At a Glance
SUSAN F. COGSWELL, Commissioner
Office of the Insurance Commissioner Established – 1865
Insurance Department Established – 1871
Statutory authority – CGS Title 38a
Central Office – 153 Market Street, Hartford, CT 06103
Number of employees – 141
Recurring operating expenses – $18,403,641 – Fiscal Year 2004-2005
Organizational structure – Administrative Division; Computer Systems Support; Consumer Affairs Division; Financial Regulation Division; Licensing Division; Life and Health Division; Market Conduct Division; Property and Casualty Division.
It is the mission of the Insurance Department to protect Connecticut consumers by administering and enforcing insurance laws. The agency accomplishes this goal by ensuring the financial reliability and responsibility of all regulated entities.
The insurance laws administered by the Insurance Department are set forth in Title 38a of the Connecticut General Statutes. They are divided into 28 chapters, each addressing a separate area of insurance regulation and insurance-related entities and products.
The Financial Regulation Division monitors the financial condition of domestic and foreign companies, health care centers and fraternal benefit societies authorized to do business in Connecticut. The analysis and compliance staff accesses financial information directly from the National Association of Insurance Commissioners’ (NAIC) database and, in many instances, the field examination staff can electronically access company data files to perform substantive testing. The Division has a priority-based approach to analysis and examination that is designed to provide timely identification of potential solvency concerns, and facilitate earlier regulatory intervention.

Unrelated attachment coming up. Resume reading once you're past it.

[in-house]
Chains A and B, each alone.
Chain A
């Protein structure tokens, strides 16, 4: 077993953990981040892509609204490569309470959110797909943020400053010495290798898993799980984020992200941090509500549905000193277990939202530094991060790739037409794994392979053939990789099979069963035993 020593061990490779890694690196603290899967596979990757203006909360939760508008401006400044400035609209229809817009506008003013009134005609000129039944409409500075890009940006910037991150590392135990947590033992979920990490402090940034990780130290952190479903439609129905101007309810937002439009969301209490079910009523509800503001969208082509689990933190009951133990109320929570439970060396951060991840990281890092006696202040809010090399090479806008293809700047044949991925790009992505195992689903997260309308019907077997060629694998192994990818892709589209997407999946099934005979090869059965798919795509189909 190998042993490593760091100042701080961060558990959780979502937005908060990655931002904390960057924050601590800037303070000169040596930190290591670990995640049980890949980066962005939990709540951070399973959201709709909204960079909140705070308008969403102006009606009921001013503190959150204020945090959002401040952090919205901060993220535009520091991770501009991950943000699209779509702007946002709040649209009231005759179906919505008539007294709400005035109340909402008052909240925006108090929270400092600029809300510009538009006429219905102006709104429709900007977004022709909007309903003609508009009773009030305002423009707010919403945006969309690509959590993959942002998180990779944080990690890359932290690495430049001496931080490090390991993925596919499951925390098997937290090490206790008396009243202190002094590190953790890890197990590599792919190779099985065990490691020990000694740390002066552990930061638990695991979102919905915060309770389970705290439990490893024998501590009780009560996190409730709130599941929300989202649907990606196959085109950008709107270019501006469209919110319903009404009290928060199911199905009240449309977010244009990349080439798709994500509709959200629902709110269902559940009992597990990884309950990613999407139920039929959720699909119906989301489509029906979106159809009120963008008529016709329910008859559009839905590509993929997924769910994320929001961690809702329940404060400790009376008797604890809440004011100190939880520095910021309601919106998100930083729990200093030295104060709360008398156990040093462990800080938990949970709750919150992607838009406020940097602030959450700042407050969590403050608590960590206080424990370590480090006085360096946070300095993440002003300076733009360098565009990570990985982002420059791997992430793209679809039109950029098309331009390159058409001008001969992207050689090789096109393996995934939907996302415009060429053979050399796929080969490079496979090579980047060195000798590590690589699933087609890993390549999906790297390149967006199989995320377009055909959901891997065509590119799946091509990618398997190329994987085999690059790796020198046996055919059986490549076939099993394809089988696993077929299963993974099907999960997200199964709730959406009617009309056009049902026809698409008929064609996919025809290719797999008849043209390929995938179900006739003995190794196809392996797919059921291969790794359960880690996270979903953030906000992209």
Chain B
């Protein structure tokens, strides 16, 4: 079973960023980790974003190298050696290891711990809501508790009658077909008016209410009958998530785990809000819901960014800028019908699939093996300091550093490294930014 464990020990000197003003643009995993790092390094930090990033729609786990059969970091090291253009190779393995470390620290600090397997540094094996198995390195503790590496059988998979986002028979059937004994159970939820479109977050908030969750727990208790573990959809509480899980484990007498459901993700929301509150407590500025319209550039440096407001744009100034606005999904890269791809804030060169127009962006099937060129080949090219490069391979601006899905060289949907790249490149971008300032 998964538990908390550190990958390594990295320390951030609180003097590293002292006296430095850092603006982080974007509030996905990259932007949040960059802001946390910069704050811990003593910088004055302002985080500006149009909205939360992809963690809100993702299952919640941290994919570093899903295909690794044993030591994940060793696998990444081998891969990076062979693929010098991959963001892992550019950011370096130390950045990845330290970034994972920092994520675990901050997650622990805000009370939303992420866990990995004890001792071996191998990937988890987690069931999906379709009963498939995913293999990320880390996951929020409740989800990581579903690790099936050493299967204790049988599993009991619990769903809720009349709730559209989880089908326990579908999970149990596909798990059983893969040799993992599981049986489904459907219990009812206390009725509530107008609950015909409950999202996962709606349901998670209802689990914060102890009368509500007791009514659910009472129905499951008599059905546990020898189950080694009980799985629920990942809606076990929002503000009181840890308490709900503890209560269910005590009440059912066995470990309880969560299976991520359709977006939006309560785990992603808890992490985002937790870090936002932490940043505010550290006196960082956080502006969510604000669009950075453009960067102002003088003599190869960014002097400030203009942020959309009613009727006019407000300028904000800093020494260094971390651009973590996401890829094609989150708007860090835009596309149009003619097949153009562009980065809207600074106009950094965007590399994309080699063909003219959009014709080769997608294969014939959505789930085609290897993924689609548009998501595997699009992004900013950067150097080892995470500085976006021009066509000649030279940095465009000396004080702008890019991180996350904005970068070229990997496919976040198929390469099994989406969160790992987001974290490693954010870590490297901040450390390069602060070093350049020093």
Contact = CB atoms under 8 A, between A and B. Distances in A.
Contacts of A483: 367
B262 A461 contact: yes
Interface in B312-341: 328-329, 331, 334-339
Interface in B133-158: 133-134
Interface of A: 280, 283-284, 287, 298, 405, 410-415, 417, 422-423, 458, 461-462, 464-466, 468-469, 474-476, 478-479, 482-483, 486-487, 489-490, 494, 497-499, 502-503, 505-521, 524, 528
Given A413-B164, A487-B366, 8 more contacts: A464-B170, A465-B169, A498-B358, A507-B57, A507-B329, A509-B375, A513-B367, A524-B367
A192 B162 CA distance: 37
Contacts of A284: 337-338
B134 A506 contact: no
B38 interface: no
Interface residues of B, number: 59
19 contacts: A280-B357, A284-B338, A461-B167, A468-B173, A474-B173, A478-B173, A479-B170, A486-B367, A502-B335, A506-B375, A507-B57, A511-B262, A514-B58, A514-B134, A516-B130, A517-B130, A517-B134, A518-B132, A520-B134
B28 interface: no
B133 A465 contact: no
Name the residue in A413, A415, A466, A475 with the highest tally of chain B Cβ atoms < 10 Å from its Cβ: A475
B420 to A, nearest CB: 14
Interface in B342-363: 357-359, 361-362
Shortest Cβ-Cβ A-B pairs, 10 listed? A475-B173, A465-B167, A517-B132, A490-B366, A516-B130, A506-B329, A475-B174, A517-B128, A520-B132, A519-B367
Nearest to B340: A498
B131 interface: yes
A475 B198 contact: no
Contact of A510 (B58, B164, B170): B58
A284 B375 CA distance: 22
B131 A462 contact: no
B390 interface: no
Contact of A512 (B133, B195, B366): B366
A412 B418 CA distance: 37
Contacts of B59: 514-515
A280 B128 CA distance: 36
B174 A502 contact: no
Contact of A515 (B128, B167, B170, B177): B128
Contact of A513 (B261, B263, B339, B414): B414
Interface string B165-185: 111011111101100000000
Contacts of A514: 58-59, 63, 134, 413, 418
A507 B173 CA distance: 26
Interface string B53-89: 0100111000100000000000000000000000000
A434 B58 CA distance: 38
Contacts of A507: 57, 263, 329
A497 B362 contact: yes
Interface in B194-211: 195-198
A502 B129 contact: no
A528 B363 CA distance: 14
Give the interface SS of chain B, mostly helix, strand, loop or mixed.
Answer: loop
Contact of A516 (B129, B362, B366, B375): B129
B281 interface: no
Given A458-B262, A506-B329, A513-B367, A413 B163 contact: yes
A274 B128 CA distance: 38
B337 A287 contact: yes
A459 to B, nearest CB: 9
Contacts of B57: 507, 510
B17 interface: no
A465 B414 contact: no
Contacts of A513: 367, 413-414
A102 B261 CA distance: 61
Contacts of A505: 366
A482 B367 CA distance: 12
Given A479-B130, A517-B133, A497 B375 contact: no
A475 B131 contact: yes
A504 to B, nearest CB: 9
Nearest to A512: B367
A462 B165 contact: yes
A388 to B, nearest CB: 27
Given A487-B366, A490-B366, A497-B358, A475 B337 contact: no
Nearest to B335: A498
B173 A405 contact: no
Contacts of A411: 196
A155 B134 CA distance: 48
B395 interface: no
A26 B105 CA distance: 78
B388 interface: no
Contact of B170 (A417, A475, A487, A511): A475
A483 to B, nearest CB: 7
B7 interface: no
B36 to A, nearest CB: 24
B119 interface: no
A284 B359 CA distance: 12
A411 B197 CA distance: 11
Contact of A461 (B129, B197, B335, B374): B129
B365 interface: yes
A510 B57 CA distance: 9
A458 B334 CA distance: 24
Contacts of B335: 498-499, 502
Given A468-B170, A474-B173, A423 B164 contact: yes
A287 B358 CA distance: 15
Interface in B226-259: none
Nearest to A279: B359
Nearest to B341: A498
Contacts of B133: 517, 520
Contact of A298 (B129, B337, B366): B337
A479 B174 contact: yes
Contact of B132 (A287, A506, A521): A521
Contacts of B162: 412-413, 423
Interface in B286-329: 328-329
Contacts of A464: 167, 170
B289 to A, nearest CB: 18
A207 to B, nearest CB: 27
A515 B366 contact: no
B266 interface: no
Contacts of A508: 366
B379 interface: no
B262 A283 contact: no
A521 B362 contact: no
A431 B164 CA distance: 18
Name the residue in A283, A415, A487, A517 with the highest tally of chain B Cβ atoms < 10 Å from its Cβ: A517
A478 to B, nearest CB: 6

The actuarial staff is currently assigned within the various divisions. Procedures are in place to ensure that actuarial input is provided to various department functions and procedures. The actuarial staff participates in the analysis of the financial statements and other statutorily required information. Actuaries also conduct on-site examinations of insurance companies. The actuaries are responsible for examining the policies and rates filed for all life, health and property/casualty insurance companies to ensure compliance with Connecticut statutory requirements.
The Consumer Affairs Division receives, reviews and responds to complaints and inquiries from Connecticut residents concerning insurance-related problems. During Fiscal Year 2004-2005, 8,824 formal complaints were logged into the Division’s computer database. As a result of the review of these complaints, the Division recovered $3,445,857 for Connecticut consumers in Fiscal Year 2004-2005. Additionally, the Division responded to 1,181 requests for informational pamphlets and booklets. Consumer Affairs also conducted a number of outreach programs designed to focus on, respond to and educate consumers on insurance matters. During Fiscal Year 2004-2005, the outreach program continued to focus on senior groups, variable Annuity (suitability) sales to seniors, small business owners, health fairs and medical providers. During the year, the Division’s outreach representatives spoke to more than 3,000 Connecticut residents.